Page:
“Petals off a Peony,” the title of my biweekly column, refers to my mother’s hometown of Luoyang, China, which is known as the City of Peonies. A single working mother and immigrant, she is the most incredible person I know. Everything I write is for her.
October is here, bringing with it tortuous midterms, cheesy horror films and seven metric tons of pumpkin-flavored-scented things. This is the time of year when that autumn coziness starts to set in, when scarves and gloves slowly make their way out of the bottoms of our drawers and when everything around us seems to blush with color.
This year, October also brings the latest Dove controversy, the latest in a long line of social faux pas. While Dove has found success in the past for its campaigns promoting female empowerment and body positivity, most of their ads have been hit-or-miss.
The Internet, for the most part, is pretty reliable when it comes to calling out B.S. Because of this, it’s become a fantastic place for people to have conversations they wouldn’t normally have outside of it. Usually, these conversations are productive and enlightening. But not always.
Nowadays, it seems as if people are less interested in taking the time to assess a situation in its full complexity, instead opting to jump immediately onto the bandwagon. It feels like everybody is yelling over each other to be able to say, “Look how angry this makes me. Look how socially aware I am. Doesn’t that make me such a great person?”
The public’s response to Dove’s new ad, for instance, has morphed into a stampede of “woke” individuals on Twitter scrambling to find someone — anyone — oppressed enough to invent hashtags for.
What product is responsible for such grave offenses against humanity, you may ask? Body wash. I shiver to even utter the words.
The ad itself features women of Asian, African-American and Caucasian descent, the variety of ethnicities probably Dove’s attempt at promoting racial diversity. But what transformed this from a typical beauty ad into a frenzy of controversy is a part showing a black woman taking off her shirt and turning into a white woman.
People called the ad racist, claiming that it depicted dark skin as being dirty and light skin as being clean; therefore it put out the message that dark skin needs to “washed” in order to become lighter and more beautiful.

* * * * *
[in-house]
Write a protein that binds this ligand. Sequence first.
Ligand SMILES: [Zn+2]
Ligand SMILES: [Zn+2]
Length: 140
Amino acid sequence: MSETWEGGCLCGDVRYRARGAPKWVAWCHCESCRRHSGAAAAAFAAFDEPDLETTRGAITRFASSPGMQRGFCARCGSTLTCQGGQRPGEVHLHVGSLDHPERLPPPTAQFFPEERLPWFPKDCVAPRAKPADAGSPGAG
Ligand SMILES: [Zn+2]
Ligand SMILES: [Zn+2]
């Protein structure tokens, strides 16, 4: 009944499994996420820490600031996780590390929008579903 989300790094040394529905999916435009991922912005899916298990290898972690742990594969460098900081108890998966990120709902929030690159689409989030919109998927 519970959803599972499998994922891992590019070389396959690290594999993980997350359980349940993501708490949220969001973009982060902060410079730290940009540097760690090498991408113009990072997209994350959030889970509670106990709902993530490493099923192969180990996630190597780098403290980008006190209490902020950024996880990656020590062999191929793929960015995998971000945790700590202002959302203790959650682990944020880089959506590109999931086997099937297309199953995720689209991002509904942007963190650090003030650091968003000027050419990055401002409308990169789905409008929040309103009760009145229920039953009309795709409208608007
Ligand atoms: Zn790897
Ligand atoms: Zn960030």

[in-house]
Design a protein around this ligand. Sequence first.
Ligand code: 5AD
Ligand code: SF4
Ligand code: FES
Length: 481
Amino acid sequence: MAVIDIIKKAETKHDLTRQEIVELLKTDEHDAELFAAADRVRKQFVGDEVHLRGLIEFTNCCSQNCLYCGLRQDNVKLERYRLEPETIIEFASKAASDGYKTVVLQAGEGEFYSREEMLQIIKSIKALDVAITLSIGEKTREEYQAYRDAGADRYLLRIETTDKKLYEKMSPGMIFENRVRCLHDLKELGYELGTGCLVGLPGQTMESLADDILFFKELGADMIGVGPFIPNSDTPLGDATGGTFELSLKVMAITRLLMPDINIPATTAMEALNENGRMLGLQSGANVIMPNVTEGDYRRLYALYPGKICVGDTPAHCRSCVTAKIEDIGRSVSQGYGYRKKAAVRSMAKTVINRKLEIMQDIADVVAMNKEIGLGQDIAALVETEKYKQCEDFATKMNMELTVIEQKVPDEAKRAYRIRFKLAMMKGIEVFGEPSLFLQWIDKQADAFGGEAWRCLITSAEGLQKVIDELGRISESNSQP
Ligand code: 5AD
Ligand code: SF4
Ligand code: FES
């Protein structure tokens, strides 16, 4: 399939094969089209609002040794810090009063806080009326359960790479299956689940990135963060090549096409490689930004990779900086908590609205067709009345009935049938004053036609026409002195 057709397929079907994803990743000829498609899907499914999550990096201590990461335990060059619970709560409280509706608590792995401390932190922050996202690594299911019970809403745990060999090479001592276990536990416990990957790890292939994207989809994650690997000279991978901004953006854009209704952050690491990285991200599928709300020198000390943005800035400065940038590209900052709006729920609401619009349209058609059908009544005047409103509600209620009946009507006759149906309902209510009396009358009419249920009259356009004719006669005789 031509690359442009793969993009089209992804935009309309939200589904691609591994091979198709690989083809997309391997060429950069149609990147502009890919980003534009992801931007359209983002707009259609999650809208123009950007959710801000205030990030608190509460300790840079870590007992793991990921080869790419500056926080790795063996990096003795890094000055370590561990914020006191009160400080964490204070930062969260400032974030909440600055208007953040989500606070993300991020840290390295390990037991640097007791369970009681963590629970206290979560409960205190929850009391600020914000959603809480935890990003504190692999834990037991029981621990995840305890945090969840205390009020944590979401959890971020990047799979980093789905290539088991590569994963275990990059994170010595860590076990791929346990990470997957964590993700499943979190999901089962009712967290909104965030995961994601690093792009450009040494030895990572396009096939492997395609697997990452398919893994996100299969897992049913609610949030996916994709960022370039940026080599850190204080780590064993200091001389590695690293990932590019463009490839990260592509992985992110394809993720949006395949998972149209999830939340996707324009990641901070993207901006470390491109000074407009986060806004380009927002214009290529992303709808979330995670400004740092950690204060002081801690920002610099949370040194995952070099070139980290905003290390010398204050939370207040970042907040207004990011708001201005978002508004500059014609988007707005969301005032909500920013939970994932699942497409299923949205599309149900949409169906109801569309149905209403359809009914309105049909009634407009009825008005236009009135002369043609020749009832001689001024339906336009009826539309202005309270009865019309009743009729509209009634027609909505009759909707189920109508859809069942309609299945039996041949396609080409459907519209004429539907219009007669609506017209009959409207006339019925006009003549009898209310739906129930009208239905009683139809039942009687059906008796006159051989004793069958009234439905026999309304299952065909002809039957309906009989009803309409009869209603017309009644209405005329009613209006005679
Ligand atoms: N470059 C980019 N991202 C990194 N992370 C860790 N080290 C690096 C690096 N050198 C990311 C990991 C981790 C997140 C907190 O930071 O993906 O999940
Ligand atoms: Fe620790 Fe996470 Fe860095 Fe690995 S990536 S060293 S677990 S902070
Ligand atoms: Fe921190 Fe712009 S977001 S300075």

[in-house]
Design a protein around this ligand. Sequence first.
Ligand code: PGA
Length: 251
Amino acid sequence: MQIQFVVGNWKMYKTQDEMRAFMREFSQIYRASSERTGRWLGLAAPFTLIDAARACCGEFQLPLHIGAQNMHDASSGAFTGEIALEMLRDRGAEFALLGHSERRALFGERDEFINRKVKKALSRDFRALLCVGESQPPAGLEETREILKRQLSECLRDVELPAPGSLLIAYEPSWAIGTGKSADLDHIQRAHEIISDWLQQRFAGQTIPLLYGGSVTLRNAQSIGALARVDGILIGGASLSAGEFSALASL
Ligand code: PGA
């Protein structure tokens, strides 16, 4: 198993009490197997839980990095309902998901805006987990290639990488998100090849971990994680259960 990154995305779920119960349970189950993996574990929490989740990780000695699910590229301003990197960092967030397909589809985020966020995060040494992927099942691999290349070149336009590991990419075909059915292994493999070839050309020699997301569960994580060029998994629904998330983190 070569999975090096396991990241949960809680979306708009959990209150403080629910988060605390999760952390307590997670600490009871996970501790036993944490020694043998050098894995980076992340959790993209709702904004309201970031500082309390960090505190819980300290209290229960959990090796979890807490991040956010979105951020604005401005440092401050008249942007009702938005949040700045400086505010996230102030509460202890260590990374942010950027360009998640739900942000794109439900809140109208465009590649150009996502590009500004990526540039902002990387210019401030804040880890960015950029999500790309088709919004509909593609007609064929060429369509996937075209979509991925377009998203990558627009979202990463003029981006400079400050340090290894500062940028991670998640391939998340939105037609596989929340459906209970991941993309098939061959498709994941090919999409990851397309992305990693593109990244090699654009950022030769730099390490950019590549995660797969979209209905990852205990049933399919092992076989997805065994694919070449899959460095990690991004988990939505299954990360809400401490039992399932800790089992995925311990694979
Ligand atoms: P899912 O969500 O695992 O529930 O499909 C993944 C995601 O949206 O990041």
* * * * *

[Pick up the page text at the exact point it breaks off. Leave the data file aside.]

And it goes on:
That sounds awful, and if it were the case, I’d be furious too. But watching the full clip reveals that the white woman also takes off her shirt to become an Asian woman. Unless American beauty standards have suddenly shifted to favor Asian features (lol), it’s obvious that the internet has done what it does best: taking things out of context for the sake of drama.
But the real damage is not to Dove’s reputation. Dove, a $4 billion company, will come out of this none the worse for wear. Despite its previous controversies, Dove still enjoys its title as the 10th most valuable beauty brand in the world.
The public outcry has been immediate and widespread — but does it actually represent those that it’s supposedly trying to help? Is it an accurate reflection on what POC truly think?
Lola Ogunyemi, the actress in Dove’s ad, is proof that it might not. When she heard she had landed the job, she was overjoyed. She saw the ad as an opportunity to “represent [her] dark-skinned sisters in a global beauty brand” and to “remind the world that we are here, we are beautiful and, more importantly, we are valued.” She describes her dismay at how the ad had been interpreted by the public, reducing her platform to one of an “unwitting poster child for racist advertising.”
The problem with crying wolf is that somebody has to be the sheep. Somebody has to be the damsel to your white knight, the indigenous to your civilized. By forcing this “victim” narrative onto POC or other marginalized groups, you are only taking away our autonomy. You are only reinforcing existing power structures by using your privilege to dictate our identities.
The fact that I am female and Chinese-American and that there exist certain sociopolitical barriers I must face does not make me a victim. It makes me a fighter. Do not pigeonhole me to your labels. Do not take my pride and turn it into shame. Do not erase my narrative.
I am not a victim because my oppressors have not won. They have not gotten the upper hand, and they have not succeeded in cutting me down. I am still here, and I speak for myself. As Ogunyemi says, “I am not just some silent victim of a mistaken beauty campaign. I am strong, I am beautiful and I will not be erased.”
Her words remind me of a line in a slam poem I once heard. It goes like this: “The problem with speaking up for each other is that everyone is left without a voice.”
As we navigate discussions about race or other sensitive topics, we must always ensure that everybody has a voice. We must be careful in our eagerness that we are not covering up those we are trying to help. Being an ally is not just about speaking up. Mostly, it’s about listening.
So if you’re listening, thank you, truly, for your concern. Thank you for your passion, your hashtags and your boycotts. Thank you for your voice. But I’ll take it from here.
Contact Serena Zhang at xiaosez ‘at’ stanford.edu.